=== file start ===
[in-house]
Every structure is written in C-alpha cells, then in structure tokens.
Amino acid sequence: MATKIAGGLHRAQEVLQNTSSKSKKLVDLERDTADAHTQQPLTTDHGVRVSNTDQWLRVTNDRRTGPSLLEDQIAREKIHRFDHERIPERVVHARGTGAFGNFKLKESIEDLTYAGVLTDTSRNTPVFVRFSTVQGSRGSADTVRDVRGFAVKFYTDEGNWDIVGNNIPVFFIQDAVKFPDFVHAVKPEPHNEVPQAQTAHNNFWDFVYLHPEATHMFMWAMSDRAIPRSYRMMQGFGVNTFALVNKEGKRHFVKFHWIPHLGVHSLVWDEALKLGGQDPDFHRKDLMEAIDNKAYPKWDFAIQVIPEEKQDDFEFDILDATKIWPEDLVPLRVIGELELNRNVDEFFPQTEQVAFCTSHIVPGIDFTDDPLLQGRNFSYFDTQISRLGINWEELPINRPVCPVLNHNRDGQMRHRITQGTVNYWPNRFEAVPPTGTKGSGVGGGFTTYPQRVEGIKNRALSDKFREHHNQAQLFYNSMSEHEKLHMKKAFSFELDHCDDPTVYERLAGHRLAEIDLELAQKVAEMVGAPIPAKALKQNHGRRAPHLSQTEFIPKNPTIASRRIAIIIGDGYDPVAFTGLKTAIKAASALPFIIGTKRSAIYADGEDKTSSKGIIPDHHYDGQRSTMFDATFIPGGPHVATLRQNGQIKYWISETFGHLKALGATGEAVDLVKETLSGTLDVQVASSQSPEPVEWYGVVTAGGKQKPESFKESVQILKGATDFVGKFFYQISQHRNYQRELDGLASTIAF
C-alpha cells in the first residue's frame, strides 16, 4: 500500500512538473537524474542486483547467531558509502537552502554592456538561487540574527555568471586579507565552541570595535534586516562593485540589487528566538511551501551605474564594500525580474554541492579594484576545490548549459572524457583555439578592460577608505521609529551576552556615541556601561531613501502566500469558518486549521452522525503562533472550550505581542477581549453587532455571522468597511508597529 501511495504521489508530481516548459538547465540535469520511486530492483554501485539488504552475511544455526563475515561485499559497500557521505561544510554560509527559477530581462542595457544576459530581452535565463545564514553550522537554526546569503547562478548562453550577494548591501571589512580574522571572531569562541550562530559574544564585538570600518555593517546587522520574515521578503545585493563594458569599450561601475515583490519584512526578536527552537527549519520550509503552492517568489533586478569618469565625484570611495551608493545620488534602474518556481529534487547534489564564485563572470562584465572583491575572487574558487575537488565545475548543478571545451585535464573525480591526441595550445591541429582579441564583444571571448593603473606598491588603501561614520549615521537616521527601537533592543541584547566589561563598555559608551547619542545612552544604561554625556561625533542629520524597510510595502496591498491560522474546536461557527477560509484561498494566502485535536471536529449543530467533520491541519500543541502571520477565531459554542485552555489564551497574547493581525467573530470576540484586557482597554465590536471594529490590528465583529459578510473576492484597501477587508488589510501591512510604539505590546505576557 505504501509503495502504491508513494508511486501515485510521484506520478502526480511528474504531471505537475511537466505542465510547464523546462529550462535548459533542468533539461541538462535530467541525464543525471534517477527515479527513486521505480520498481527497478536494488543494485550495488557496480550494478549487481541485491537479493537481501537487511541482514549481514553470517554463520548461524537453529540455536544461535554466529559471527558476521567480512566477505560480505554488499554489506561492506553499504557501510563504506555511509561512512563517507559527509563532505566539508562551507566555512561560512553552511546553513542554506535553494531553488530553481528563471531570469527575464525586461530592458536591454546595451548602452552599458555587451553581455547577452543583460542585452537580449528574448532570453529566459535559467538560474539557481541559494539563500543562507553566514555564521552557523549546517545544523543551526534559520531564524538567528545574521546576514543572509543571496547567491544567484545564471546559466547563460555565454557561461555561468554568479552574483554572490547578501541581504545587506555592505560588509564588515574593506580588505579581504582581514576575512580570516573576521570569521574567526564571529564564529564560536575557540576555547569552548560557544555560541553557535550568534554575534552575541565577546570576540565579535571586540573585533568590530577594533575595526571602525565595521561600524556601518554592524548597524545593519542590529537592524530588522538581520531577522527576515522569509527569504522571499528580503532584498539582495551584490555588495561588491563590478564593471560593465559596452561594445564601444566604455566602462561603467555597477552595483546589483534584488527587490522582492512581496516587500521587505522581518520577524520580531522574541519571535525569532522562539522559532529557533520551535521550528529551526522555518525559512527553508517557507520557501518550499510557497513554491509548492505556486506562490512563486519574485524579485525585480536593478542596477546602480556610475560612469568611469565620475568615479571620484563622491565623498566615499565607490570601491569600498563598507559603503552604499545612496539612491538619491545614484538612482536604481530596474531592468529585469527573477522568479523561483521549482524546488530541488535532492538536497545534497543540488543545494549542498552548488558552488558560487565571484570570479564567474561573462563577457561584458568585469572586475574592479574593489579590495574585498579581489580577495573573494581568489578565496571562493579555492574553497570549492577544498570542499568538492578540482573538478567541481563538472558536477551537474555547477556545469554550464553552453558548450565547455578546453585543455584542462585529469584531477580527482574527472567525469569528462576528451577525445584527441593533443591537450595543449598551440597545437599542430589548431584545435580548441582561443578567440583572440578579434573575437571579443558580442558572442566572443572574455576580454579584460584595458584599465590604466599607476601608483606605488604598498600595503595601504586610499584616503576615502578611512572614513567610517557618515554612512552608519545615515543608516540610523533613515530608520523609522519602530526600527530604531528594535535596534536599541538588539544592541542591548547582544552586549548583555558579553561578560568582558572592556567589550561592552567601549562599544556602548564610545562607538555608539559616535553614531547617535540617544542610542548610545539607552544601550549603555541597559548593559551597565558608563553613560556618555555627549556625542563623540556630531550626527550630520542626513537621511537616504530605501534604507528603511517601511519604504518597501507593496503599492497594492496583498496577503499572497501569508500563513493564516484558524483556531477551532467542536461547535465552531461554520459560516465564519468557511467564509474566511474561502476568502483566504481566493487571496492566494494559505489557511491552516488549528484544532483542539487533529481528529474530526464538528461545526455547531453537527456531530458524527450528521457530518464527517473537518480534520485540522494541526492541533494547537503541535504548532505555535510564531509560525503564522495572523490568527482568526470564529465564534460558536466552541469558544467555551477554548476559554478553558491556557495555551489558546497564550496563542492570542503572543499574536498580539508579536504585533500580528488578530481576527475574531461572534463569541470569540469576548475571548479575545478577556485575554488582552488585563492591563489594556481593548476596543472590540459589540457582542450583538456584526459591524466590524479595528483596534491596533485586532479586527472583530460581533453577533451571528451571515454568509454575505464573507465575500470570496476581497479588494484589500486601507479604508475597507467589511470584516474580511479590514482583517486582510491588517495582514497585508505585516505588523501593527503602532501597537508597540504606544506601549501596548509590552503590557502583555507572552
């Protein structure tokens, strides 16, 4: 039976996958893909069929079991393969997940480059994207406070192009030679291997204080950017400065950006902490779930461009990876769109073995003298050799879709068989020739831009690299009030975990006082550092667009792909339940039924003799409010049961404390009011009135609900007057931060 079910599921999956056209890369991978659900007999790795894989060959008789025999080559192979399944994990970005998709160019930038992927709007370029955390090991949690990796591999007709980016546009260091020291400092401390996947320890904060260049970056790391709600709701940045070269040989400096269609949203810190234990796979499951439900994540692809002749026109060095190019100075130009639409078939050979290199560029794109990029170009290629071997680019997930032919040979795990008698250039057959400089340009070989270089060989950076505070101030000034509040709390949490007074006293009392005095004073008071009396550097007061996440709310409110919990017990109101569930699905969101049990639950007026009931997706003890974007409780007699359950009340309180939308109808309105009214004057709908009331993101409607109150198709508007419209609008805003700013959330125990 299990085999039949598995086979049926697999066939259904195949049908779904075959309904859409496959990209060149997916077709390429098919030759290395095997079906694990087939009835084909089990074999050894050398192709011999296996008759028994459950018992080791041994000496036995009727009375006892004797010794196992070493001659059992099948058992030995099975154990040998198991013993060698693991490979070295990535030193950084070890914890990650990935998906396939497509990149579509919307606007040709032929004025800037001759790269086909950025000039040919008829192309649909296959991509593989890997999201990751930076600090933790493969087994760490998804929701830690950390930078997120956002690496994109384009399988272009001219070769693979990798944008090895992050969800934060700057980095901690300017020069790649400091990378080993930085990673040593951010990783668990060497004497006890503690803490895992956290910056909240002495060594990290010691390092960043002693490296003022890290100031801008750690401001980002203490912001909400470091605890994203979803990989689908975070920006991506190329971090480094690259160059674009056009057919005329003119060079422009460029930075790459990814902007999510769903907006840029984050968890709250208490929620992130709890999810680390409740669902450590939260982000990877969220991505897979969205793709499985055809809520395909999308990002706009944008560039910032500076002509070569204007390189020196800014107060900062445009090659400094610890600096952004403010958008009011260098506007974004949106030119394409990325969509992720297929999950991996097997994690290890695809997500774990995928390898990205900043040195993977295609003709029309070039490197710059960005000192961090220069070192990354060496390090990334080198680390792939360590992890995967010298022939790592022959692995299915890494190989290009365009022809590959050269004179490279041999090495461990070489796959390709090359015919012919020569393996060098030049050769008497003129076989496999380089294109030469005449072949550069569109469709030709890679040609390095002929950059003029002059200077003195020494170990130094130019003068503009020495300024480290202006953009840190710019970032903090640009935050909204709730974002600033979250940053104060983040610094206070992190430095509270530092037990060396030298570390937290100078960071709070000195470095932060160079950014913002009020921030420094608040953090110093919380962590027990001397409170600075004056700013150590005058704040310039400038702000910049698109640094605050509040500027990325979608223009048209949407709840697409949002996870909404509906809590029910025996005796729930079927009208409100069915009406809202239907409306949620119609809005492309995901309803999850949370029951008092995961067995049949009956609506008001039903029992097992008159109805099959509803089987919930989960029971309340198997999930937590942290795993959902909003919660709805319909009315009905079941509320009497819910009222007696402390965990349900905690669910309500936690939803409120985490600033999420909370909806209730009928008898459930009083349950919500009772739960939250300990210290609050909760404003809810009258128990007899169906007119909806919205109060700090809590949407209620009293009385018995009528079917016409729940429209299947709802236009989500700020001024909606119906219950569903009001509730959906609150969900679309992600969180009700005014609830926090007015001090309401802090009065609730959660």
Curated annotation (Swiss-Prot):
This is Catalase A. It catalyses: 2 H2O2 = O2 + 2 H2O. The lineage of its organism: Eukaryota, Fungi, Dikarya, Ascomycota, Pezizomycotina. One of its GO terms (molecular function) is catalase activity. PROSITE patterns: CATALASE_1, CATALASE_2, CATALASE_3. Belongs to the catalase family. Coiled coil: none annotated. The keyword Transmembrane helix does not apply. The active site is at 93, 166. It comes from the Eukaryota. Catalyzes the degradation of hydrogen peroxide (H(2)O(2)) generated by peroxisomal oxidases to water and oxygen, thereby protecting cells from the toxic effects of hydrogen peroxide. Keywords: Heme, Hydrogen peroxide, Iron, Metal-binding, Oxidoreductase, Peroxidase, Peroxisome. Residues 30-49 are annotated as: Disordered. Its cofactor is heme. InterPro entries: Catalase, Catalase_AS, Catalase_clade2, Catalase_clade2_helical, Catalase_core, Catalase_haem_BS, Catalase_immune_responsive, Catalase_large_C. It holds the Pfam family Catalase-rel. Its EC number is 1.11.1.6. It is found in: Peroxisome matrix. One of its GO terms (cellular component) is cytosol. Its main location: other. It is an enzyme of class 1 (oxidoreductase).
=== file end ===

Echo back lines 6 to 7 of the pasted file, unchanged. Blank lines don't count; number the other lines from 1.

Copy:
Curated annotation (Swiss-Prot):
This is Catalase A. It catalyses: 2 H2O2 = O2 + 2 H2O. The lineage of its organism: Eukaryota, Fungi, Dikarya, Ascomycota, Pezizomycotina. One of its GO terms (molecular function) is catalase activity. PROSITE patterns: CATALASE_1, CATALASE_2, CATALASE_3. Belongs to the catalase family. Coiled coil: none annotated. The keyword Transmembrane helix does not apply. The active site is at 93, 166. It comes from the Eukaryota. Catalyzes the degradation of hydrogen peroxide (H(2)O(2)) generated by peroxisomal oxidases to water and oxygen, thereby protecting cells from the toxic effects of hydrogen peroxide. Keywords: Heme, Hydrogen peroxide, Iron, Metal-binding, Oxidoreductase, Peroxidase, Peroxisome. Residues 30-49 are annotated as: Disordered. Its cofactor is heme. InterPro entries: Catalase, Catalase_AS, Catalase_clade2, Catalase_clade2_helical, Catalase_core, Catalase_haem_BS, Catalase_immune_responsive, Catalase_large_C. It holds the Pfam family Catalase-rel. Its EC number is 1.11.1.6. It is found in: Peroxisome matrix. One of its GO terms (cellular component) is cytosol. Its main location: other. It is an enzyme of class 1 (oxidoreductase).